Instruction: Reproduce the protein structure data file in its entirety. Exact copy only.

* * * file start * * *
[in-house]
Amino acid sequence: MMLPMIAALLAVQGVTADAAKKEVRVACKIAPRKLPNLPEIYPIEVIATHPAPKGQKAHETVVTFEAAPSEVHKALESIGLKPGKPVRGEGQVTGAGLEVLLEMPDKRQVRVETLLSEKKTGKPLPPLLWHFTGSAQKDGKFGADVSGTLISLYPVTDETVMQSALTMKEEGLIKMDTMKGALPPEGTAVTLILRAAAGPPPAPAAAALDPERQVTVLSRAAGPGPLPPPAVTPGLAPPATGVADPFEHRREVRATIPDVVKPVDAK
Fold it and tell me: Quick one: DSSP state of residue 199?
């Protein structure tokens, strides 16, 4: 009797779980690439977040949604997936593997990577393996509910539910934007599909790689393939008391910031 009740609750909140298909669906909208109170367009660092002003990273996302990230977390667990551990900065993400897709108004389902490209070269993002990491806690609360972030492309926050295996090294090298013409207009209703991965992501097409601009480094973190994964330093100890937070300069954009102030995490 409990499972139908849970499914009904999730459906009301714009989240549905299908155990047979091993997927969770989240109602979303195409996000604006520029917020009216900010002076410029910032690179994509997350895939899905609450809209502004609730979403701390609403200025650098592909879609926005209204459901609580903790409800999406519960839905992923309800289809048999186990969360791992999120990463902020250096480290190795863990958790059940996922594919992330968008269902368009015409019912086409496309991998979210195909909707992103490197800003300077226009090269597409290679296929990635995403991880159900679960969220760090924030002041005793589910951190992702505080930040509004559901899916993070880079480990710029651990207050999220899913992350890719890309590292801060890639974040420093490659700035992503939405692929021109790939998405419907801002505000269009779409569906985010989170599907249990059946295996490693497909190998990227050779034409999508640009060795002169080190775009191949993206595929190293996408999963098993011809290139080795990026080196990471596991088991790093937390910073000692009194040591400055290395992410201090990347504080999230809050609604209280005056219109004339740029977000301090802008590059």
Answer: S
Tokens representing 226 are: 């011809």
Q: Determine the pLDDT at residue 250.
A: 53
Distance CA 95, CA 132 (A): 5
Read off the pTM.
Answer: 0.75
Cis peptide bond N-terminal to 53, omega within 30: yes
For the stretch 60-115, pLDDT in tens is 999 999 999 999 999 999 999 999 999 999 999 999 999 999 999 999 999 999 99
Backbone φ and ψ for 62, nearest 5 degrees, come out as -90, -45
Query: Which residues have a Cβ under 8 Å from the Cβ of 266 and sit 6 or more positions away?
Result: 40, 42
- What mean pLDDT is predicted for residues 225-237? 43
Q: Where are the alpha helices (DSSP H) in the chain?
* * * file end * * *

[in-house]
Amino acid sequence: MMLPMIAALLAVQGVTADAAKKEVRVACKIAPRKLPNLPEIYPIEVIATHPAPKGQKAHETVVTFEAAPSEVHKALESIGLKPGKPVRGEGQVTGAGLEVLLEMPDKRQVRVETLLSEKKTGKPLPPLLWHFTGSAQKDGKFGADVSGTLISLYPVTDETVMQSALTMKEEGLIKMDTMKGALPPEGTAVTLILRAAAGPPPAPAAAALDPERQVTVLSRAAGPGPLPPPAVTPGLAPPATGVADPFEHRREVRATIPDVVKPVDAK
Fold it and tell me: Quick one: DSSP state of residue 199?
């Protein structure tokens, strides 16, 4: 009797779980690439977040949604997936593997990577393996509910539910934007599909790689393939008391910031 009740609750909140298909669906909208109170367009660092002003990273996302990230977390667990551990900065993400897709108004389902490209070269993002990491806690609360972030492309926050295996090294090298013409207009209703991965992501097409601009480094973190994964330093100890937070300069954009102030995490 409990499972139908849970499914009904999730459906009301714009989240549905299908155990047979091993997927969770989240109602979303195409996000604006520029917020009216900010002076410029910032690179994509997350895939899905609450809209502004609730979403701390609403200025650098592909879609926005209204459901609580903790409800999406519960839905992923309800289809048999186990969360791992999120990463902020250096480290190795863990958790059940996922594919992330968008269902368009015409019912086409496309991998979210195909909707992103490197800003300077226009090269597409290679296929990635995403991880159900679960969220760090924030002041005793589910951190992702505080930040509004559901899916993070880079480990710029651990207050999220899913992350890719890309590292801060890639974040420093490659700035992503939405692929021109790939998405419907801002505000269009779409569906985010989170599907249990059946295996490693497909190998990227050779034409999508640009060795002169080190775009191949993206595929190293996408999963098993011809290139080795990026080196990471596991088991790093937390910073000692009194040591400055290395992410201090990347504080999230809050609604209280005056219109004339740029977000301090802008590059």
Answer: S
Tokens representing 226 are: 């011809």
Q: Determine the pLDDT at residue 250.
A: 53
Distance CA 95, CA 132 (A): 5
Read off the pTM.
Answer: 0.75
Cis peptide bond N-terminal to 53, omega within 30: yes
For the stretch 60-115, pLDDT in tens is 999 999 999 999 999 999 999 999 999 999 999 999 999 999 999 999 999 999 99
Backbone φ and ψ for 62, nearest 5 degrees, come out as -90, -45
Query: Which residues have a Cβ under 8 Å from the Cβ of 266 and sit 6 or more positions away?
Result: 40, 42
- What mean pLDDT is predicted for residues 225-237? 43
Q: Where are the alpha helices (DSSP H) in the chain?